Getting Comfortable With Being Uncomfortable

It was in my senior year of high school that the passion to become a teacher began to bloom. I knew without a shadow of a doubt that teaching was what I was made to do. I immediately went to college to fulfill my dreams and when I graduated and got that first teaching job, I was thrilled beyond measure. I finally had an opportunity to do the things that I was trained to do.

I learned rather quickly, in my high school special education classroom that I was completely unprepared for several things. After several tear filled nights, I made a decision. I would rise to the challenge. So, I worked harder to figure out what my students needed to learn the information. I volunteered for every training that my principal would allow me to attend. I collaborated with any teacher who would share their secrets learned through experience. I soaked it up like a sponge and was eager to apply my findings to my classroom.

All the while, I was developing the boundaries of my comfort zone in my teaching profession. I became very complacent in my methodology, settling for the tried and true strategies that had been implemented. An overwhelming feeling settled on me, I could sense that I was missing a critical component in my profession. Little did I know that the answer was found in the first steps of saying “yes” to a teacher leadership opportunity. While attending a teacher conference, all the things that I was missing in my profession became clear and found direction. The absent component was that sharp feeling of being uncomfortable. Surrounded by such amazing teachers, I wasn’t sure what I was doing there and even more so, all the things that were suggested were things that would push me way out of my comfort zone and required much risk of my normal.

Teachers spoke of collaborating in the realm of social media. Blogging about reflection and teaching practices. All I heard were methods of how I should put myself “out there” to be criticized by others in a very public way. No, thank you! Then, I took a step back. I settled into my uncomfortable feelings and reflected on the things that I had done. I realized that I did have something to offer. I possess experiences in the teaching world that could help other teachers avoid the same mistakes I made or make good lessons even better.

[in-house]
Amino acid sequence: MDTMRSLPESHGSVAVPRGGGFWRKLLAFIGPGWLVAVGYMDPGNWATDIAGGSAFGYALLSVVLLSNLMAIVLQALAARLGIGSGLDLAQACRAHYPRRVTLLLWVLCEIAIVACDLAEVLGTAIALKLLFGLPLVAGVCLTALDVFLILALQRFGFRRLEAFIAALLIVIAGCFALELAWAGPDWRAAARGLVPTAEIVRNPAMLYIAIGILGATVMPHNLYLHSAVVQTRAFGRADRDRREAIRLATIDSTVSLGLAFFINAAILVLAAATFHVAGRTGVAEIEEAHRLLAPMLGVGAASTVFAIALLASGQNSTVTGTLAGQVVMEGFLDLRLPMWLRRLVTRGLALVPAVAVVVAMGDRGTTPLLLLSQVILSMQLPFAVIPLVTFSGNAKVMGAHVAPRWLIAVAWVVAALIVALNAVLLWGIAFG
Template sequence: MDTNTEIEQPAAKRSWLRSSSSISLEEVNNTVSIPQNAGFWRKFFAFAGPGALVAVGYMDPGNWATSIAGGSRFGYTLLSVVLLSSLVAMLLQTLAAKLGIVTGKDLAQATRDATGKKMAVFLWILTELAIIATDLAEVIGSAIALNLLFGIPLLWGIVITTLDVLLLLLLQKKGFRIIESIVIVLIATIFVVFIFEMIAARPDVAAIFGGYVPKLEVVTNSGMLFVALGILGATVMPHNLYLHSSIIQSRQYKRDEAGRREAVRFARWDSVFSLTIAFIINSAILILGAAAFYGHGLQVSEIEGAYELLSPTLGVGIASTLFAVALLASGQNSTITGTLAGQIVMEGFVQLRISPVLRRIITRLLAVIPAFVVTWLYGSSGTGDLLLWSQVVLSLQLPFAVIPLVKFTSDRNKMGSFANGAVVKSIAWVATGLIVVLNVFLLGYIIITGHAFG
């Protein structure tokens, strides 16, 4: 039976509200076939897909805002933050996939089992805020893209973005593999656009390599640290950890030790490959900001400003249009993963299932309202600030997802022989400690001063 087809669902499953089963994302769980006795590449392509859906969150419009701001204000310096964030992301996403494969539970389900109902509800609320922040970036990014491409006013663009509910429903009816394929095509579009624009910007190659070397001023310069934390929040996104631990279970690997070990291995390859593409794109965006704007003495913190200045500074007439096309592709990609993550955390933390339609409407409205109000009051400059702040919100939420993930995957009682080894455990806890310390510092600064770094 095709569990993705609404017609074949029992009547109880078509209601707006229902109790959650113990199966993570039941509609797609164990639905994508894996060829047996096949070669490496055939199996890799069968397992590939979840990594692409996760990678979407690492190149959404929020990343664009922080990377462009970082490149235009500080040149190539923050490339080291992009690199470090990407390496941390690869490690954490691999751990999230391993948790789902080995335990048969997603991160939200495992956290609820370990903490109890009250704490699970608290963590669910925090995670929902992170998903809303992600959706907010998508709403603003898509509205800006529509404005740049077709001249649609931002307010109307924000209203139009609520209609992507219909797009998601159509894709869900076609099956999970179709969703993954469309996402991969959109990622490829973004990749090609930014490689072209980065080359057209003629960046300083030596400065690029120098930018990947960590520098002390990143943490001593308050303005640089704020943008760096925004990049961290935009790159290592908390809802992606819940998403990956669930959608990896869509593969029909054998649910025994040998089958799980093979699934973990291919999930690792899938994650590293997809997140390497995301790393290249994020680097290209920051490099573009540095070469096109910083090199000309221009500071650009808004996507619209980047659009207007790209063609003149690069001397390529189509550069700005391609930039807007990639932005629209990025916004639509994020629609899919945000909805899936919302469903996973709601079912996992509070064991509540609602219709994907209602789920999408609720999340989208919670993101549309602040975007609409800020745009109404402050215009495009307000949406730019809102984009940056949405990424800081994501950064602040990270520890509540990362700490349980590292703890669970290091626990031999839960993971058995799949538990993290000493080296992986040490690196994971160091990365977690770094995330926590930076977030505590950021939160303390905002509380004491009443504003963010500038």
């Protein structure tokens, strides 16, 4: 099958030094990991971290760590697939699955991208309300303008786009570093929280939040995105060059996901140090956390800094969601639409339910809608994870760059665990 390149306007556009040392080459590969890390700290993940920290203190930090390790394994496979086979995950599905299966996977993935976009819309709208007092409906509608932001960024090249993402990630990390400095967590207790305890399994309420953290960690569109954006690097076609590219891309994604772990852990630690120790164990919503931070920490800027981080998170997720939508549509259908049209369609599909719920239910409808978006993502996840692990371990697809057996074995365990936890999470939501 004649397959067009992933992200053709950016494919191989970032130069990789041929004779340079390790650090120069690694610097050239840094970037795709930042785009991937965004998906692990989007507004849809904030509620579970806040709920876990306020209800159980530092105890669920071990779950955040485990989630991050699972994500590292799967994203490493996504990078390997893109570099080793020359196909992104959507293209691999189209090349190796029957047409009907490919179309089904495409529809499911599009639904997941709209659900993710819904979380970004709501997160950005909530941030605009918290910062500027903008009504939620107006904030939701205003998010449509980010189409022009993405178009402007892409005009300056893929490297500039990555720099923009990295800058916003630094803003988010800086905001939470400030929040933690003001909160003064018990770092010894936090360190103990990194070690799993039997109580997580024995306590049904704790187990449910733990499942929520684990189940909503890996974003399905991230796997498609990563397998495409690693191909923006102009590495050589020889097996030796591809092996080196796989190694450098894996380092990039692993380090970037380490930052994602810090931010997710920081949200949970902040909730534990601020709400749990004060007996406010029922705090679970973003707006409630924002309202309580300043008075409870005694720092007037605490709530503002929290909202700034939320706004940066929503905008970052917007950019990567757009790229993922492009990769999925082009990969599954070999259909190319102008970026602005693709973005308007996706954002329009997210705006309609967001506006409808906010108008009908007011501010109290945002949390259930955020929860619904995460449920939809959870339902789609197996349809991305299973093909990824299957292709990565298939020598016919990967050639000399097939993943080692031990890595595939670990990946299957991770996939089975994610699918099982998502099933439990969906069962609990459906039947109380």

The reason I decided to become a teacher was always about reaching kids. All the things that were being asked of me would help students, but they would make me, as the teacher, very uncomfortable. I found myself at a crossroad. I could do things the way that I have always done them; which isn’t a bad thing, but it could be better. Or, I could step out of my safe place and try something new. I could risk being ridiculed and criticized at the cost of another teacher gaining understanding. My “risk” could be the words that give confidence to a teacher to use new strategies in their classroom. I made an active decision to be comfortable with being uncomfortable.

This new place that I find myself is full of doubts and risks, but I am facing them head on. I am trying new things and keeping focused on the goal of helping teachers help students better. I am discovering that the more I am out of my bubble, the more that I am growing professionally. Maybe, you have also felt that tug to break out of your comfort zone. Maybe, you are ready to get your feet wet and try something new in the teacher leadership role. Let me tell you, there is support out there for you. We teachers can be so fearful to step out of our classrooms. Just know that there are teachers who need to hear the things that you have experienced. Teachers who will use your lessons to reach their students. Teachers who will stay teachers because of the tools you will equip them with.

         I challenge you today, break the norm. Step out of your boundaries and embrace the uncomfortable experiences. Try something new, whether it is getting a twitter account or starting a blog. Maybe even just commenting on blogs that you have read or joining in live chats. Your voice matters and we want to hear from you.


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